Well Sampling for Aquifer Biota

Author Edwards Aquifer Research and Data Center (EARDC) and George Veni and Associates (Veni)
Year 2001
Description Sampling plan for studying subterranean species of the Edwards Aquifer Balcones Fault Zone San Antonio Segment
Publisher Southwest Texas State University Edwards Aquifer Research and Data Center
Location Edwards Aquifer, Balcones Fault Zone, San Antonio Segment
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The Well Sampling for Aquifer Biota Monitoring Plan was prepared for the Edwards Aquifer Authority by the Edwards Aquifer Research and Data Center at Texas State University and George Veni and Associates in 2001.  The monitoring plan addresses the need for new, expanded data and information regarding the subterranean aquifer-dwelling organisms of the San Antonio portion of the Balcones Fault Zone Edwards Aquifer by  describing locations and methods for collecting aquifer-dwelling biota similar to the previous sampling in 1979.

[From the Introduction]
…The Well Sampling of Aquifer Biota Study (the Study) is one of 17 studies identified in the EAOP [Edwards Aquifer Optimization Program]. It was formulated to address the need for more expanded and updated information regarding subterranean aquifer-dwelling organisms. Thirty-seven species of these organisms have been collected from the portion of the aquifer regulated by the Authority. Thirty-three species are invertebrates, such as amphipods, snails, and flatworms. The amphipods and snails are the most diverse groups of all species collected to date. The invertebrates are widely distributed throughout the aquifer. Four species of subterranean vertebrates have been collected. They include two fish species and two salamander species. They exhibit a much more limited distribution than do the invertebrates. Subsequently, both fish species, the widemouth blindcat (Satan eurystomus) and the toothless blindcat (Trogloglanis pattersonf) are listed as threatened by the Texas Parks and Wildlife Department. The United States Fish and Wildlife Service lists one salamander species, the Texas blind salamander (Eurycea rathbuni)as endangered. No subterranean invertebrate species are listed.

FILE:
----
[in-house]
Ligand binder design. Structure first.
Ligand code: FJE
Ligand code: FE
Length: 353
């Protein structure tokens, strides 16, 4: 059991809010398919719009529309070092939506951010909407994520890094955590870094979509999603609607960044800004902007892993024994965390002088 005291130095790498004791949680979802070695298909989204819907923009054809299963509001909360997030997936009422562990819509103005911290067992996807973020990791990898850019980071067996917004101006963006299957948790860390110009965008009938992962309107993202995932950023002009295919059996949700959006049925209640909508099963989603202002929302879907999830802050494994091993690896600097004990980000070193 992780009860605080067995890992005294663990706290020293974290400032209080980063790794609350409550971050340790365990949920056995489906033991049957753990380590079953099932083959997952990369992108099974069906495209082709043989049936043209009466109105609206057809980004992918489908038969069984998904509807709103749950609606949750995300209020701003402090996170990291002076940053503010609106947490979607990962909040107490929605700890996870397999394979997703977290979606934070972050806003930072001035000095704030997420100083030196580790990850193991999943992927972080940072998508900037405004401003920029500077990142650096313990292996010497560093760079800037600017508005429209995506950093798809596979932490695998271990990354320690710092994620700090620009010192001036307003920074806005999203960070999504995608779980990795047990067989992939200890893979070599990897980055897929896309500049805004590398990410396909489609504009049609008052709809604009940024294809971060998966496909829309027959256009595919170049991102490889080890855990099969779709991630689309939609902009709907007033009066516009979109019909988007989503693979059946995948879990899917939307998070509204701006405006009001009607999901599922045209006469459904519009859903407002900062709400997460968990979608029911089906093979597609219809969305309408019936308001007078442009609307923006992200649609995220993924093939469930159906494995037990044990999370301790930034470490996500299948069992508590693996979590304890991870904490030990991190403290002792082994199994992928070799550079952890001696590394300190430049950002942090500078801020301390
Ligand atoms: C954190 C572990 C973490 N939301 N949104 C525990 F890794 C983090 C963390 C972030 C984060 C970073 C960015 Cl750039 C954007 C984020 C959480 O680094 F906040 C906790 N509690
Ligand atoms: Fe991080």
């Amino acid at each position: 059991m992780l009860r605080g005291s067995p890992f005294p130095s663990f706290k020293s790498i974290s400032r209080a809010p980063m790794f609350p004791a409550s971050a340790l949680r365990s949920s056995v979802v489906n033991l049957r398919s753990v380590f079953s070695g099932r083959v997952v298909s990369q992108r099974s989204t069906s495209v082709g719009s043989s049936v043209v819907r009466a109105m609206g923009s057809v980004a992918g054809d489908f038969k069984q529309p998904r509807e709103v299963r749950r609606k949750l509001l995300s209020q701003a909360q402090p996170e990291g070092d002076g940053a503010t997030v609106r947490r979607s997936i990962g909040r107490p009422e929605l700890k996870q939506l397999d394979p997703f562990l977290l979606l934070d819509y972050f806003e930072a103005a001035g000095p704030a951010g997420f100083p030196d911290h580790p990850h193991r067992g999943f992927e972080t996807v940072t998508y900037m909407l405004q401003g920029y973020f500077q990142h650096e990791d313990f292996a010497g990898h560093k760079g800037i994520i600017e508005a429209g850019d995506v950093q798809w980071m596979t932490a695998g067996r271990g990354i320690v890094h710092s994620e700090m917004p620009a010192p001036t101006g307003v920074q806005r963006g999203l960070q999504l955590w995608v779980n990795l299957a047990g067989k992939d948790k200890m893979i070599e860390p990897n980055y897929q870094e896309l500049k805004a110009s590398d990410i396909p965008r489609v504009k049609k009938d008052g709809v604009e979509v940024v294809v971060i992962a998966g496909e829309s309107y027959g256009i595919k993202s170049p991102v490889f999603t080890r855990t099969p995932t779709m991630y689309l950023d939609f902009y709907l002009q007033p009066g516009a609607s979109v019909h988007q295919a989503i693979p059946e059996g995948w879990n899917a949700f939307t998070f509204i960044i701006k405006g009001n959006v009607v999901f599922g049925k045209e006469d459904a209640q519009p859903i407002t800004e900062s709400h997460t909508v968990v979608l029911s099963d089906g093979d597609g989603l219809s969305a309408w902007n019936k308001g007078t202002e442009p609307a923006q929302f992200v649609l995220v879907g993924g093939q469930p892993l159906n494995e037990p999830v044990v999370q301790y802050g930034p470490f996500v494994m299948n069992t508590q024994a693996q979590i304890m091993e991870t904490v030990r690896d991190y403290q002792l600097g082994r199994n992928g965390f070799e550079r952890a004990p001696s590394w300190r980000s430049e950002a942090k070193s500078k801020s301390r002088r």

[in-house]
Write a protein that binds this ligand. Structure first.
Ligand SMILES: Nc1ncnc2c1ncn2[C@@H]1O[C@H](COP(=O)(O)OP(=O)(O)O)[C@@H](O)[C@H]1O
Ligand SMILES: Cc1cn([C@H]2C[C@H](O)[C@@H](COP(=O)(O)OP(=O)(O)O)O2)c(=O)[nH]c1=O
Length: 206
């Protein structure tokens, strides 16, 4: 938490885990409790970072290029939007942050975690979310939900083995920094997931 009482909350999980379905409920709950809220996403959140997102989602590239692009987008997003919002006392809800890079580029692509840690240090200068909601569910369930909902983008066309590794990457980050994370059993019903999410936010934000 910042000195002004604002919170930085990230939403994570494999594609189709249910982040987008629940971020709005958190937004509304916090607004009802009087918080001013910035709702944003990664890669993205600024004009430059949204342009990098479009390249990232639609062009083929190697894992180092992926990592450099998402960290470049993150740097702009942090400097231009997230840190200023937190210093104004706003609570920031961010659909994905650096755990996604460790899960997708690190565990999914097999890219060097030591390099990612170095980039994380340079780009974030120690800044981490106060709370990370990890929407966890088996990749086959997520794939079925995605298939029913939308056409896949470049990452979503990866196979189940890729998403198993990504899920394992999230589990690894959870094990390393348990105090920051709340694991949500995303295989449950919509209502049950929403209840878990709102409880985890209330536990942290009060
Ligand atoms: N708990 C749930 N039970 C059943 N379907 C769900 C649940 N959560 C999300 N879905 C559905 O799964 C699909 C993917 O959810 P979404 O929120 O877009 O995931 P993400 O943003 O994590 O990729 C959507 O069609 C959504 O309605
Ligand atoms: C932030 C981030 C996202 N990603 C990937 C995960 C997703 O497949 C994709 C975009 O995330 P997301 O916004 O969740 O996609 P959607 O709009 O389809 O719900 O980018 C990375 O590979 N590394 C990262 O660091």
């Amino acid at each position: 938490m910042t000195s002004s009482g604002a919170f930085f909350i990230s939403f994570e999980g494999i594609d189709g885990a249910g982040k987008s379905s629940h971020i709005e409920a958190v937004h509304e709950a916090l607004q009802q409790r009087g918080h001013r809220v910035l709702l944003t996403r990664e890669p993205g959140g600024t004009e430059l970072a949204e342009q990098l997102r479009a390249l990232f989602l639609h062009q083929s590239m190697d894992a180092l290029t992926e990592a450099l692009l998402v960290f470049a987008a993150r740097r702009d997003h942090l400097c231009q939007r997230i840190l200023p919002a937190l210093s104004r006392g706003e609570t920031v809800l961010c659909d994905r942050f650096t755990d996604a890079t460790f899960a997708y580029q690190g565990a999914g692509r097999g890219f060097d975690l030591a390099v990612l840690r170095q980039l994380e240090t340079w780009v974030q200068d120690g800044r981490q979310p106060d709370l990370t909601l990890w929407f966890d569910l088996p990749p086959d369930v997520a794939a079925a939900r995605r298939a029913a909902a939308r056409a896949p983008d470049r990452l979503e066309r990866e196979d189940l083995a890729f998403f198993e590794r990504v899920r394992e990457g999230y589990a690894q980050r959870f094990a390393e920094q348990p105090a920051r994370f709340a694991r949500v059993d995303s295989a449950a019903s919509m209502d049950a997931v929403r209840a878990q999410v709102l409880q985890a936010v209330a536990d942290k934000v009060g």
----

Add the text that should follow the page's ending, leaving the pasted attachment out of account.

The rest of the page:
The subterranean aquifer-dwelling organisms have generated substantial interest in the scientific community because of their unique biology, distribution patterns, phylogenetic relationships, and evolutionary history. Limited information about their abundance, distribution, population trends, and other life history information has been developed.

Dr. Glenn Longley, his research associates, and graduate students performed the last comprehensive survey of these organisms in 1979. New information about these organisms will support better-informed decisions regarding aquifer management.

In November 2000, the Authority entered into a contract with Southwest Texas State University (SWTSU) through its Edwards Aquifer Research and Data Center (EARDC).

The contract stipulates that EARDC shall develop a comprehensive Monitoring Plan (the Plan) for sampling locations across the aquifer so as to meet the specific objectives and desires of the Authority, its EAOP, and the HCP. The purpose of this document is to function as the Plan for the Study as funded by the Authority. The Plan provides a simple, concise document that outlines procedures and protocols that will allow researchers to fully implement the Study upon the Authority’s review and approval of the Plan. It is understood that, depending upon results and future developments, through time the Plan may be further modified, with approval of the Authority. Modifications may be required to facilitate implementation and completion of the Study and will be documented in required quarterly progress reports and the final report.